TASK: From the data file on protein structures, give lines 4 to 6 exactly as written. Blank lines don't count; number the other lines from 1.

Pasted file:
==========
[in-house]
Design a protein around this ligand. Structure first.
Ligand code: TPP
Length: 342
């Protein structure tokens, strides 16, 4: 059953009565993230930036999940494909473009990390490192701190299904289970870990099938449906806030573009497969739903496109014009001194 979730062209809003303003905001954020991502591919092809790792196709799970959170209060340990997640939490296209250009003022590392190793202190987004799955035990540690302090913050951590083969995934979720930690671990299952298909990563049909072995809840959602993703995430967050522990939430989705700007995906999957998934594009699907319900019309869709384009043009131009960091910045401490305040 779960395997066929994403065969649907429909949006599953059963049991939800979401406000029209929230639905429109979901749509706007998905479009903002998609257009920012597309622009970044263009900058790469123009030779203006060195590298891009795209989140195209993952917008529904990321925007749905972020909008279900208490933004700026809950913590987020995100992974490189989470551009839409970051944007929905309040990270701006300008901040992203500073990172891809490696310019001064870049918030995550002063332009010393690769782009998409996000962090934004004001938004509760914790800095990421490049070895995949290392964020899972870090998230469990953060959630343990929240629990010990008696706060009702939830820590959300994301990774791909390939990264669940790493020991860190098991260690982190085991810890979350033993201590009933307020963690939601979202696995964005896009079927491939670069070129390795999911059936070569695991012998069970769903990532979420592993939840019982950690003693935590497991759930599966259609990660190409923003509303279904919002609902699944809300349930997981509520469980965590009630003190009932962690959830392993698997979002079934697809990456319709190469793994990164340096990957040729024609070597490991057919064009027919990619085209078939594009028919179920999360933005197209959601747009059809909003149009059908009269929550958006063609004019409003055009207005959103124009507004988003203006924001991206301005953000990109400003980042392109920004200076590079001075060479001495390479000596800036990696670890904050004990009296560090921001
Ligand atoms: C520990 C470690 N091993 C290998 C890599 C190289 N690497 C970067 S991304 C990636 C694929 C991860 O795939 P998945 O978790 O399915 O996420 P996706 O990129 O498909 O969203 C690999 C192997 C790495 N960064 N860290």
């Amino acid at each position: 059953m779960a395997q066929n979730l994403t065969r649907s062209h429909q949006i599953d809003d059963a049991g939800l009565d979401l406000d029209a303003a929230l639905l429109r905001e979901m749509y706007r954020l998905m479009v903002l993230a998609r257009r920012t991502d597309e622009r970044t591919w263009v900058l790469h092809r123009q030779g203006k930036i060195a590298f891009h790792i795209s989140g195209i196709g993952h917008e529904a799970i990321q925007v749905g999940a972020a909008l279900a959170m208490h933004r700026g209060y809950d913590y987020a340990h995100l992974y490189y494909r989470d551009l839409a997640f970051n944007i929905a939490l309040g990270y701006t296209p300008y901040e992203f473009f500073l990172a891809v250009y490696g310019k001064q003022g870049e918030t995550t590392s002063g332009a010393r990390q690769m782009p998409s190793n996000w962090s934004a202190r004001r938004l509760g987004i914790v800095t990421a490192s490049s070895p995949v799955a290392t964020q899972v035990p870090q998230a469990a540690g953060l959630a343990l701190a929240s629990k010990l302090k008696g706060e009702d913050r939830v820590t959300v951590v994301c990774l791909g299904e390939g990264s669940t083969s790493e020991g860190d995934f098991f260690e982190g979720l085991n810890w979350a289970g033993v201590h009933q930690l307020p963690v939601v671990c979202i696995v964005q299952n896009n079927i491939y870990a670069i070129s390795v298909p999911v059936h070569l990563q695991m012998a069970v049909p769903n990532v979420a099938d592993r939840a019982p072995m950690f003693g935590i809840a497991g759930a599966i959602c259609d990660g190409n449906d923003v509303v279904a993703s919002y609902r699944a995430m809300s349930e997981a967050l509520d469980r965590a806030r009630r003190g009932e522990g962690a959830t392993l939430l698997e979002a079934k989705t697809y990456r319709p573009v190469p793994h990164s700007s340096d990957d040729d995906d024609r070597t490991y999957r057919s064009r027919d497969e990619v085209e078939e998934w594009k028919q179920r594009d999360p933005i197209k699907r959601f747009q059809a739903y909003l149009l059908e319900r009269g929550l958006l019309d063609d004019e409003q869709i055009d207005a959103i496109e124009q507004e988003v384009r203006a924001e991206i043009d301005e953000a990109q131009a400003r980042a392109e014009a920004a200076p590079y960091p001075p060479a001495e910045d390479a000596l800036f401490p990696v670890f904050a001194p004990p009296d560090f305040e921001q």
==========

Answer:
Length: 342
């Protein structure tokens, strides 16, 4: 059953009565993230930036999940494909473009990390490192701190299904289970870990099938449906806030573009497969739903496109014009001194 979730062209809003303003905001954020991502591919092809790792196709799970959170209060340990997640939490296209250009003022590392190793202190987004799955035990540690302090913050951590083969995934979720930690671990299952298909990563049909072995809840959602993703995430967050522990939430989705700007995906999957998934594009699907319900019309869709384009043009131009960091910045401490305040 779960395997066929994403065969649907429909949006599953059963049991939800979401406000029209929230639905429109979901749509706007998905479009903002998609257009920012597309622009970044263009900058790469123009030779203006060195590298891009795209989140195209993952917008529904990321925007749905972020909008279900208490933004700026809950913590987020995100992974490189989470551009839409970051944007929905309040990270701006300008901040992203500073990172891809490696310019001064870049918030995550002063332009010393690769782009998409996000962090934004004001938004509760914790800095990421490049070895995949290392964020899972870090998230469990953060959630343990929240629990010990008696706060009702939830820590959300994301990774791909390939990264669940790493020991860190098991260690982190085991810890979350033993201590009933307020963690939601979202696995964005896009079927491939670069070129390795999911059936070569695991012998069970769903990532979420592993939840019982950690003693935590497991759930599966259609990660190409923003509303279904919002609902699944809300349930997981509520469980965590009630003190009932962690959830392993698997979002079934697809990456319709190469793994990164340096990957040729024609070597490991057919064009027919990619085209078939594009028919179920999360933005197209959601747009059809909003149009059908009269929550958006063609004019409003055009207005959103124009507004988003203006924001991206301005953000990109400003980042392109920004200076590079001075060479001495390479000596800036990696670890904050004990009296560090921001
Ligand atoms: C520990 C470690 N091993 C290998 C890599 C190289 N690497 C970067 S991304 C990636 C694929 C991860 O795939 P998945 O978790 O399915 O996420 P996706 O990129 O498909 O969203 C690999 C192997 C790495 N960064 N860290």